Credit: sxc.huWhile many coffee drinkers scoff at the idea of adding flavor to a cup of their wake-up beverage, many others have developed a taste for more than just plain old brew. Whether it's a love of a specific flavor, a search for variety, or a momentary craving, those of us looking for a little seasoning in our java have many options to choose from.
There are three primary sources of coffee flavorings for the average consumer who isn't obsessed enough to roast their own beans: flavored creamers, flavored syrups, and flavored beans.
Credit: http://www.internationaldelight.com/Classic-FlavorsFor convenience and availability ,it's hard to beat the simple solution offered by flavored creamer products: bottles of them are most likely available from the refrigerated section of your local grocery store from companies like Coffee-Mate and International Delight. They can be bought in single-serve packs as flavored half-and-half, or even in powdered non-dairy form, though these are less likely to be found at a neighborhood grocer. There are even a few varieties available in sugar-free form.
There are disadvantages to coupling cream with flavor, though. What if you want less cream and more flavor? What if you prefer milk or heavy cream? What if you're one of those people who doesn't like cream at all? What if the taste you're craving isn't among the fairly limited list of flavored creamer choices?
The Syrup Solution
Credit: www.davincigourmet.comFlavored syrups are the next step up from creamers. They allow you to prepare your coffee just as you like it, then add as much or as little flavoring as you prefer. While they can sometimes also be found at a supermarket - I often see a limited selection of the Torani brand, in particular - if you want something more exotic than the basics, you'll probably need to shop online or in a specialty store.
I usually keep a bottle of Torani sugar-free Vanilla in a desk drawer at work, and when I run low I can pick up a new one during a weekly grocery run. I haven't yet tried most of their other flavors; their website claims over 80 syrup varieties, but I've only seen a few locally. The next time I order some flavor syrups online I plan to try a few of theirs, but first I have to finish up the bottles of DaVinci syrups in my pantry. DaVinci sells big bottles of syrup in 60+ flavors, most available in regular or sugar-free.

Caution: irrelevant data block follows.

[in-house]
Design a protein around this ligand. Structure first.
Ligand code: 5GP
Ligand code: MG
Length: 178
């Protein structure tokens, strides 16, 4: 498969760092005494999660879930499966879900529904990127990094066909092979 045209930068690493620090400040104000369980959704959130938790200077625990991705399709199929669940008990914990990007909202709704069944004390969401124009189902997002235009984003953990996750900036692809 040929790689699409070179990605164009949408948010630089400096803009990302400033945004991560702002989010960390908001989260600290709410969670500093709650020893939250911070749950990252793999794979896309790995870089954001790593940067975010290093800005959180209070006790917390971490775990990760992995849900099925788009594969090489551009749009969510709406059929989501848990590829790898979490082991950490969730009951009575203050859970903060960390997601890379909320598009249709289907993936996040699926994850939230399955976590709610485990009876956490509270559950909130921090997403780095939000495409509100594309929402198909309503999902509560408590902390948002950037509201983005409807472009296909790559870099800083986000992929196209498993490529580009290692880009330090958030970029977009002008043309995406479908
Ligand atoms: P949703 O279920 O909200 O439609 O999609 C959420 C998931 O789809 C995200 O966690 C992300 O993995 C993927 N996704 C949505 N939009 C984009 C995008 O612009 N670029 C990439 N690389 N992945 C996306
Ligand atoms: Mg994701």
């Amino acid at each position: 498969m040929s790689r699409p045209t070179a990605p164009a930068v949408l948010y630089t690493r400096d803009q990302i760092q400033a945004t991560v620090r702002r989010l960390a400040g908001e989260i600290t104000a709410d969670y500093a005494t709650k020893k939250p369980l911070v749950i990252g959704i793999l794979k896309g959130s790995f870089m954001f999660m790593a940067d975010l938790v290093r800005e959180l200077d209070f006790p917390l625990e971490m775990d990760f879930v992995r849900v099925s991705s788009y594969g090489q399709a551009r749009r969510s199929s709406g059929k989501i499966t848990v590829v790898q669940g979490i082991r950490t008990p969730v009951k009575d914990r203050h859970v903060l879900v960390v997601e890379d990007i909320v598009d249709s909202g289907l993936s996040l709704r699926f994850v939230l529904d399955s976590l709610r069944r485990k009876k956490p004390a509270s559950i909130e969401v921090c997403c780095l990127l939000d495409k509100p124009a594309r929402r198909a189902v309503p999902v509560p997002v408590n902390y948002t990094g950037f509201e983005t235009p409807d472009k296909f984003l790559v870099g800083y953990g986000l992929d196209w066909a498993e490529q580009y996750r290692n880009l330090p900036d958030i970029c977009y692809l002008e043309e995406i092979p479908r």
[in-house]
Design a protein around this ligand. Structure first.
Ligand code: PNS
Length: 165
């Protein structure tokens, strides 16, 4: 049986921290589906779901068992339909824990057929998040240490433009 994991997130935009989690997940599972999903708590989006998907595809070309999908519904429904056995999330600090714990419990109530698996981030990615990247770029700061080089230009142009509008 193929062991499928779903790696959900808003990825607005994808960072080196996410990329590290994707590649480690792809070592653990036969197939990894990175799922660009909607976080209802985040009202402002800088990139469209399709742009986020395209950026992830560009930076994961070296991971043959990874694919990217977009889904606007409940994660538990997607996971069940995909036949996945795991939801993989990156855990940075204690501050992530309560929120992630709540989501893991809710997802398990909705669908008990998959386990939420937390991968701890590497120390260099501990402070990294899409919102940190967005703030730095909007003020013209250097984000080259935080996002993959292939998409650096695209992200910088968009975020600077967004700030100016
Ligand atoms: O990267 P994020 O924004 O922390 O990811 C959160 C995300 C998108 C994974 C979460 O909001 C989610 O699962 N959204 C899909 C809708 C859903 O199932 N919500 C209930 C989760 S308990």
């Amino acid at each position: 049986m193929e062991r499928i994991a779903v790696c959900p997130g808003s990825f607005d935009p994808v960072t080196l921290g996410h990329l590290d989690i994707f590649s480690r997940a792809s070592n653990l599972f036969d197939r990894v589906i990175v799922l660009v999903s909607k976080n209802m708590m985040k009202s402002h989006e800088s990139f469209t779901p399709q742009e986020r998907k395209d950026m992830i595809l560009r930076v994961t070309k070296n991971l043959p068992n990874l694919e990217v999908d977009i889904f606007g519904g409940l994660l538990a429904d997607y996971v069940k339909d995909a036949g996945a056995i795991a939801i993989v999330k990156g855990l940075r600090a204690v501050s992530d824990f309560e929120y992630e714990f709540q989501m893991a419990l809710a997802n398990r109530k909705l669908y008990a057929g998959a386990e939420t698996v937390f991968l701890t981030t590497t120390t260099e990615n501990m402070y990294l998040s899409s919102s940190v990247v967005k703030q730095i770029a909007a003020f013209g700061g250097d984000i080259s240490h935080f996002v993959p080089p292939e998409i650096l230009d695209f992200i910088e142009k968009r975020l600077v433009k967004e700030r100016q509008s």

Another nice thing about these syrups is that they have more uses than just for coffee. For instance, instead of adding sugar or sucralose to a bowl of bran flake cereal, I'll often add a few drops of sugar-free almond syrup. Another combination I like is a little bit of peppermint syrup drizzled over vanilla ice cream.
It's in the Beans
Credit: sxc.huFor the flavored-coffee purist, there's no substitute for a good handful of fresh-ground beans. Flavored beans are created by soaking regular coffee beans, still warm from roasting, in naturally or artificially flavored oils to infuse them with new taste and scent. Flavored-bean proponents will tell you that this method makes for the most rich, nuanced flavoring achievable. It also has the advantage of not adding any sugar or calories to your drink.
The tricky part of choosing a bean-based solution is that the ultimate taste of the brew depends heavily on the quality of the beans that go into it, and it's impossible to know ahead of time if you'll like the coffee part of your flavored coffee. With creamer or syrup, you can simply tinker with the brew you already know you like; with a new bean, you're taking a chance.
Don't let that stop you, though! I'm glad I picked up that little bag of pumpkin spice coffee at a local Amish farmer's market last month, and I'll be going back there to try the amaretto soon!